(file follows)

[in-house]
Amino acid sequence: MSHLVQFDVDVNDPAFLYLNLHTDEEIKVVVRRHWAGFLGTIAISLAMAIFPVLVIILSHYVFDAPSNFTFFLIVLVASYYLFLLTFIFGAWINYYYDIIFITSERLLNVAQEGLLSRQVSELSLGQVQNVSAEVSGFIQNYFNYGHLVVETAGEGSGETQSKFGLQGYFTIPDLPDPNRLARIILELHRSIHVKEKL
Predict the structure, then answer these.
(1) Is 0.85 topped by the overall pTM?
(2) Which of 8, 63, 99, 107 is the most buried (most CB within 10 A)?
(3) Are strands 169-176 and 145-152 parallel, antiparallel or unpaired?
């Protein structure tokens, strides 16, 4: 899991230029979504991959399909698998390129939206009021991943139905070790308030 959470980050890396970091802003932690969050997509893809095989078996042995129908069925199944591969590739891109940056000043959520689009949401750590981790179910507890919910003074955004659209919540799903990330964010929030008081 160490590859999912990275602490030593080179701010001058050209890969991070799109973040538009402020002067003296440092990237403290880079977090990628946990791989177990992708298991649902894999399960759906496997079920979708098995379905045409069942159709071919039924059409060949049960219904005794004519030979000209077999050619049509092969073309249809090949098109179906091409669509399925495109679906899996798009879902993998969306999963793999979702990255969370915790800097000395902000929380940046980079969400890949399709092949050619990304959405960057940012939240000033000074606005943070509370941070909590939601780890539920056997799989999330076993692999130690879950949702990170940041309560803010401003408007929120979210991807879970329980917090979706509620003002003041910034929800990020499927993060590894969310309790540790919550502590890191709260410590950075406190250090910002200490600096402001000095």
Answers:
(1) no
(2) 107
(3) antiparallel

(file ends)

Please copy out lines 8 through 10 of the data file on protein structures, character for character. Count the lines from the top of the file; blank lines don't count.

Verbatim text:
Answers:
(1) no
(2) 107